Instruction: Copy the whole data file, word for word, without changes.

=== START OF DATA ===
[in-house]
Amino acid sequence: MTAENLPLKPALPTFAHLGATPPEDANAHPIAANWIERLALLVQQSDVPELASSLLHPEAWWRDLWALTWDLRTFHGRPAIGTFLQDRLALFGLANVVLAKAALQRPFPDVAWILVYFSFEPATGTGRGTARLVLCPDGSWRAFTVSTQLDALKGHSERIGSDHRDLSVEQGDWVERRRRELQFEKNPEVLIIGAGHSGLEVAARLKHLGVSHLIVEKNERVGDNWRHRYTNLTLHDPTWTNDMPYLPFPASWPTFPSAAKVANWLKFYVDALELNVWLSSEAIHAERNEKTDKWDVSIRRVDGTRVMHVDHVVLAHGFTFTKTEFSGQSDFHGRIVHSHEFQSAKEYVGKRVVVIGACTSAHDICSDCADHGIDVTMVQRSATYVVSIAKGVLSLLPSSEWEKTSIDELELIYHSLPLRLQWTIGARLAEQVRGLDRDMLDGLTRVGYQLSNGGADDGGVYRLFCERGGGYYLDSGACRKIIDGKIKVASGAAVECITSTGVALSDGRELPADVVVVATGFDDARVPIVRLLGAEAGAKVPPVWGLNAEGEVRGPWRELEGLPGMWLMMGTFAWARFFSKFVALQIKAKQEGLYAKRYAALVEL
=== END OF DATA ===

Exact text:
[in-house]
Amino acid sequence: MTAENLPLKPALPTFAHLGATPPEDANAHPIAANWIERLALLVQQSDVPELASSLLHPEAWWRDLWALTWDLRTFHGRPAIGTFLQDRLALFGLANVVLAKAALQRPFPDVAWILVYFSFEPATGTGRGTARLVLCPDGSWRAFTVSTQLDALKGHSERIGSDHRDLSVEQGDWVERRRRELQFEKNPEVLIIGAGHSGLEVAARLKHLGVSHLIVEKNERVGDNWRHRYTNLTLHDPTWTNDMPYLPFPASWPTFPSAAKVANWLKFYVDALELNVWLSSEAIHAERNEKTDKWDVSIRRVDGTRVMHVDHVVLAHGFTFTKTEFSGQSDFHGRIVHSHEFQSAKEYVGKRVVVIGACTSAHDICSDCADHGIDVTMVQRSATYVVSIAKGVLSLLPSSEWEKTSIDELELIYHSLPLRLQWTIGARLAEQVRGLDRDMLDGLTRVGYQLSNGGADDGGVYRLFCERGGGYYLDSGACRKIIDGKIKVASGAAVECITSTGVALSDGRELPADVVVVATGFDDARVPIVRLLGAEAGAKVPPVWGLNAEGEVRGPWRELEGLPGMWLMMGTFAWARFFSKFVALQIKAKQEGLYAKRYAALVEL